If the best place to incubate a food business is a test kitchen, where would the best place to incubate a retail business be?
Walk into 1776’s new space in Cherry Hill, and you’ll realize the answer: a mall.
“We [serve our consumer product-facing companies] by providing them introductions to capital, mentors that have brought up product companies…but having the mall space gave us the unique opportunity to have retail and for them to be able to sell their products,” said Jennifer Maher, CEO of 1776.
As the largest network of incubation co-working spaces in the country, 1776 provides programs, resources, workspace, and access to a professional network to 2,700 members who want to grow and scale their businesses.
There are 10 locations across the country, and the Cherry Hill Mall location offers something unique: the Founder’s Market, a brick-and-mortar space for 20 of their members to do product testing, get real-time customer feedback, and get the right foot traffic for actual sales.
The co-working space is opening with 10 member companies, and has room to house 100 to 150 companies altogether.
“This is not just limited to consumer product-facing companies. We’re looking at technology companies touching retail in any way, whether that’s point-of-sale, or we have a company here called HootBoard,” Maher said. “They’re a signage company. They display different types of social media, or you can use it as a check in system. Their whole goal is to get their products inside public facing centers. We can do both, by giving them a place to work out of every day and giving them a showroom for their products.”
1776 marks PRIET’s first workspace tenant in any of its 20 malls, and is a symptom of the retail industry’s evolution.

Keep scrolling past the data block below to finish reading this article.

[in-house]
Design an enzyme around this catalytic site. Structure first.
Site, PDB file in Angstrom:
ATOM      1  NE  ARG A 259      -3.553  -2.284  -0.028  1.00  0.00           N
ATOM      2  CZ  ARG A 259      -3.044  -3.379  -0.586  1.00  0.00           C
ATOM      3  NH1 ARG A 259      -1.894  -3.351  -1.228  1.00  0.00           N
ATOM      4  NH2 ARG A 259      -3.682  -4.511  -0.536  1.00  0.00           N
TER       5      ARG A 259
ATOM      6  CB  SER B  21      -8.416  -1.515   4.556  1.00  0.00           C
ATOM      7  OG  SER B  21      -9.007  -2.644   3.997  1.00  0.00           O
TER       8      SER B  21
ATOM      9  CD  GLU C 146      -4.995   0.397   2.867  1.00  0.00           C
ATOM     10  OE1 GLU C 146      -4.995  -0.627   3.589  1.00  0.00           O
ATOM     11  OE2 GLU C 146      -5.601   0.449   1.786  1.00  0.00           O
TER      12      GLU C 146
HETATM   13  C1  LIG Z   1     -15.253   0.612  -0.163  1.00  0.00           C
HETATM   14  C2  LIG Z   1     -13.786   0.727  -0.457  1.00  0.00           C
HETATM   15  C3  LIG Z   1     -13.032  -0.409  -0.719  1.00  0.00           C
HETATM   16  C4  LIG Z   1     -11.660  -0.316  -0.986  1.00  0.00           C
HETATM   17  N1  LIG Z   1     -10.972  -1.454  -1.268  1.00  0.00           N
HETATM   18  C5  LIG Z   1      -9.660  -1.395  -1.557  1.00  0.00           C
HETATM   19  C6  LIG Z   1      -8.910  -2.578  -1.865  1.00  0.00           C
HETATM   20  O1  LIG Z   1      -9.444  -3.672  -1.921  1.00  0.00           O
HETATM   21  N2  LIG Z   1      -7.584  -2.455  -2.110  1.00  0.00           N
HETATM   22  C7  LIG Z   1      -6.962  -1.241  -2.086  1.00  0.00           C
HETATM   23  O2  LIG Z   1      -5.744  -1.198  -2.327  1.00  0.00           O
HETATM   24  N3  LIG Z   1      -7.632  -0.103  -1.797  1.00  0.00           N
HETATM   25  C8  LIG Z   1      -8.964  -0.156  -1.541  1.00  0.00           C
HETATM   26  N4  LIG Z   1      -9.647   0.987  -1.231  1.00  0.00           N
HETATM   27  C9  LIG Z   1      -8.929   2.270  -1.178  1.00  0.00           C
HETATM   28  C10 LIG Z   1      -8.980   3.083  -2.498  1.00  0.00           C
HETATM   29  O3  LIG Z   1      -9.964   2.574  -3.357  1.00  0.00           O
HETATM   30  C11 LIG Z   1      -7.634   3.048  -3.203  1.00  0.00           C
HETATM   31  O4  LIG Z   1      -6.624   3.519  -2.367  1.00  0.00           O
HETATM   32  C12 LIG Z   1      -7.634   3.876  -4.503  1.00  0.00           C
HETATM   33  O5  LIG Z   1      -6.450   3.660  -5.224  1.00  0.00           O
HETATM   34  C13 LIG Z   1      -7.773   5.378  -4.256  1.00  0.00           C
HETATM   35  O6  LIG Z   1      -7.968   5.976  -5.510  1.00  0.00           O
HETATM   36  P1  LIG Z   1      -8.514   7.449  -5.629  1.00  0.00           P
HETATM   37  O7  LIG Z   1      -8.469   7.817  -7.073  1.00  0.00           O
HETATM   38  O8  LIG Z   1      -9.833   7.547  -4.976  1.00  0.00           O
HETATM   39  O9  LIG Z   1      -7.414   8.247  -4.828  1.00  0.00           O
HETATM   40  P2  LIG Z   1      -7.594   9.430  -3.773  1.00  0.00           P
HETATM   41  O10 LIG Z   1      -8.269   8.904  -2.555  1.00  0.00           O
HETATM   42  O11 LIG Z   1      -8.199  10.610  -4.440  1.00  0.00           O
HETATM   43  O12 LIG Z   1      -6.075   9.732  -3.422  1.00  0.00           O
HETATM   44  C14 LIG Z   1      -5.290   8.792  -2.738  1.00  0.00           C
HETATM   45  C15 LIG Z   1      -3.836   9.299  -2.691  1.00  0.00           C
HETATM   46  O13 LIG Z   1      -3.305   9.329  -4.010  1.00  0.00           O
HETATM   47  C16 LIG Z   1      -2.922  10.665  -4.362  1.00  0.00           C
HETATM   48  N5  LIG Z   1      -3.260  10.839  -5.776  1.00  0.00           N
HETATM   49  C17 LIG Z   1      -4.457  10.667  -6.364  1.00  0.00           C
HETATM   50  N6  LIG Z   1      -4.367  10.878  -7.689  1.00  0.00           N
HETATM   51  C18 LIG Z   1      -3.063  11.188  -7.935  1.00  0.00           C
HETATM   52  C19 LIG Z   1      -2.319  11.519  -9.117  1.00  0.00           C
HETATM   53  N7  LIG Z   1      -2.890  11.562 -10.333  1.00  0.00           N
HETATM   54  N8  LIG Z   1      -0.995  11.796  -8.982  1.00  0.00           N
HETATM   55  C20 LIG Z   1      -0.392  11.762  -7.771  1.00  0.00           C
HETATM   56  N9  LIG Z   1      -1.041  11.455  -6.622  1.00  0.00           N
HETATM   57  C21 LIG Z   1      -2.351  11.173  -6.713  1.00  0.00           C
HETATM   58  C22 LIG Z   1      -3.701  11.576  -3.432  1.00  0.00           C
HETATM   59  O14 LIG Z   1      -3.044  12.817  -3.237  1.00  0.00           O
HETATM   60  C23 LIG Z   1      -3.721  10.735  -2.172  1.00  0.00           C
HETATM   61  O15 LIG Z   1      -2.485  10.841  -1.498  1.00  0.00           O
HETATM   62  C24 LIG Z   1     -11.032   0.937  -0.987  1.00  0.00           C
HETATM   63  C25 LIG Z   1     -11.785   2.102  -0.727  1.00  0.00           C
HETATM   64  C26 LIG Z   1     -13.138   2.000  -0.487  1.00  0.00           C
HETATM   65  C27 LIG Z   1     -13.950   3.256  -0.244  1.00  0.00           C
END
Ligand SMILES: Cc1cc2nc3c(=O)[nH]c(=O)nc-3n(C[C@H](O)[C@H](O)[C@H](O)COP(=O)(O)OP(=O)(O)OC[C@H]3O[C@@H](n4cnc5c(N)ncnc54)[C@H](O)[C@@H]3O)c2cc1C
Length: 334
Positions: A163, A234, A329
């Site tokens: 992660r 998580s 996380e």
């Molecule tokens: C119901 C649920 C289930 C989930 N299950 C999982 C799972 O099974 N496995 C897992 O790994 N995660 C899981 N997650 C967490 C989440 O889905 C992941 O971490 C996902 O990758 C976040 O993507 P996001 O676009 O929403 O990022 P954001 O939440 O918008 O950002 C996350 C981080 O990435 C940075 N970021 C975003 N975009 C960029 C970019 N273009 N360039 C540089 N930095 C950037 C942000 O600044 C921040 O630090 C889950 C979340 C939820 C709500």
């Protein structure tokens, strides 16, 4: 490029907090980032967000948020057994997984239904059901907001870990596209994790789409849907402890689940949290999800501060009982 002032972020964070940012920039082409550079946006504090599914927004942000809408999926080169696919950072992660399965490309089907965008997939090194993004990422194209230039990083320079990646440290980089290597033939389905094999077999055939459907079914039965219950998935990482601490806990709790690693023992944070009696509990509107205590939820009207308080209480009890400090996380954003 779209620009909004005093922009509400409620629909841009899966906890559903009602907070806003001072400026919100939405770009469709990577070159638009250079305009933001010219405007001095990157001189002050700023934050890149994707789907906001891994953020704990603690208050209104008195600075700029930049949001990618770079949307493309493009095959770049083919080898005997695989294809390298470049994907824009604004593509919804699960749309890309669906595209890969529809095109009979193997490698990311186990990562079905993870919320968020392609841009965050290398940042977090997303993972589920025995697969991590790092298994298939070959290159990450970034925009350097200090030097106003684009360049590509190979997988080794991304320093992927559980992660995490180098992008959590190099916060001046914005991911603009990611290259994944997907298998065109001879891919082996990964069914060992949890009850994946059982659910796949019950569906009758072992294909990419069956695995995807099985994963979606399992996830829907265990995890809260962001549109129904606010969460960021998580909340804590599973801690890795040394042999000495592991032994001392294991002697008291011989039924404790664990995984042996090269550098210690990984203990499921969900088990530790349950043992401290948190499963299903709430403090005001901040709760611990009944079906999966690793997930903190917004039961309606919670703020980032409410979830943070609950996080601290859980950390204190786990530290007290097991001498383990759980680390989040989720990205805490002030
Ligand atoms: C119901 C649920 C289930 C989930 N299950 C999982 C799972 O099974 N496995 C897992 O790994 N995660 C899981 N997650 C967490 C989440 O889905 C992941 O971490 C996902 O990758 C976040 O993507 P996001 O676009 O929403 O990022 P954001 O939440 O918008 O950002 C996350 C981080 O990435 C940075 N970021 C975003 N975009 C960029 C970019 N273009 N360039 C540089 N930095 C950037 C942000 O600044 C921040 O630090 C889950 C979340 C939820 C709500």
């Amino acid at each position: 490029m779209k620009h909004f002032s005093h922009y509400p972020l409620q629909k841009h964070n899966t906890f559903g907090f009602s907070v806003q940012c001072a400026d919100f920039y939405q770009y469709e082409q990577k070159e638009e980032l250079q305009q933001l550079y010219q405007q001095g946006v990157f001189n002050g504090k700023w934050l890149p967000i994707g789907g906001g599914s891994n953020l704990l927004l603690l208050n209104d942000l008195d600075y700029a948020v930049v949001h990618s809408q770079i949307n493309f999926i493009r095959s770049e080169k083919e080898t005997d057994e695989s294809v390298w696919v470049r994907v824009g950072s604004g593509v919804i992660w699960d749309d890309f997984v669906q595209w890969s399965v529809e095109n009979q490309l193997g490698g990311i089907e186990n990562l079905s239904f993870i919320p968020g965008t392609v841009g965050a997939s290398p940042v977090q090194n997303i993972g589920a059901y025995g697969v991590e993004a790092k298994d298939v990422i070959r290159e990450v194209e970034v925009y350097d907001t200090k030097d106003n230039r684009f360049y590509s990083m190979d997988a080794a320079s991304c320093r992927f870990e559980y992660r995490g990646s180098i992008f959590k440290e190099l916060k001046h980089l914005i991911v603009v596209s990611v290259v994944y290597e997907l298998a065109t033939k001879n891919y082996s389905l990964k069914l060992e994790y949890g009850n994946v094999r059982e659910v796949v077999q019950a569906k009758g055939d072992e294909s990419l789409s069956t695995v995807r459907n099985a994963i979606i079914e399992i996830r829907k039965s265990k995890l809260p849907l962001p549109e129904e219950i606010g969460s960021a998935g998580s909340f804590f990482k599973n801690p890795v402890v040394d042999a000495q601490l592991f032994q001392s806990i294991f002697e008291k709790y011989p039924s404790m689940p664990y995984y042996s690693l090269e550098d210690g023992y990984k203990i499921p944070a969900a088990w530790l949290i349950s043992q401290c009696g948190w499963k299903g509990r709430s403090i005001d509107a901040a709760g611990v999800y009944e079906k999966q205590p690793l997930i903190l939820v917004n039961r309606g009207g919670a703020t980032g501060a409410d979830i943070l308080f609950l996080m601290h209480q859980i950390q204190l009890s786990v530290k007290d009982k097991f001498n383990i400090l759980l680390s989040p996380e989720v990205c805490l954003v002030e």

“The mall has evolved from a place that people came and bought tops and bottoms, so to speak,” said Joseph Coradino, CEO of PRIET, which owns Cherry Hill Mall. “This is sort of a next step, because it’s a business incubation that’s incubating retailers who, our expectation is that some of these retailers, will grow and prosper and open up stores in the mall. That’s the ideal expectation, and we believe that will happen.”
Access to 1776’s workspaces and network ranges from $30 for a day pass to $999 for a private office. Not everyone can be a member, though. According to 1776 Chief Strategy Officer Penny Lee, membership is curated—meaning people do get rejected—to create an ecosystem where members feed off each other and fulfill others’ needs.
“[We make] sure we’re hosting social events, happy hours, as well as panels and workshops for the members to get to know each other, so when you’re a shampoo and conditioner company but need some marketing support, you can go down the hall to a marketing agency we have here and get support from them instead of tapping into outside the network,” said Maher.
Retail start-ups interested in membership can sign up for a tour of the space at 1776.vc/1776-cherry-hill-mall/.l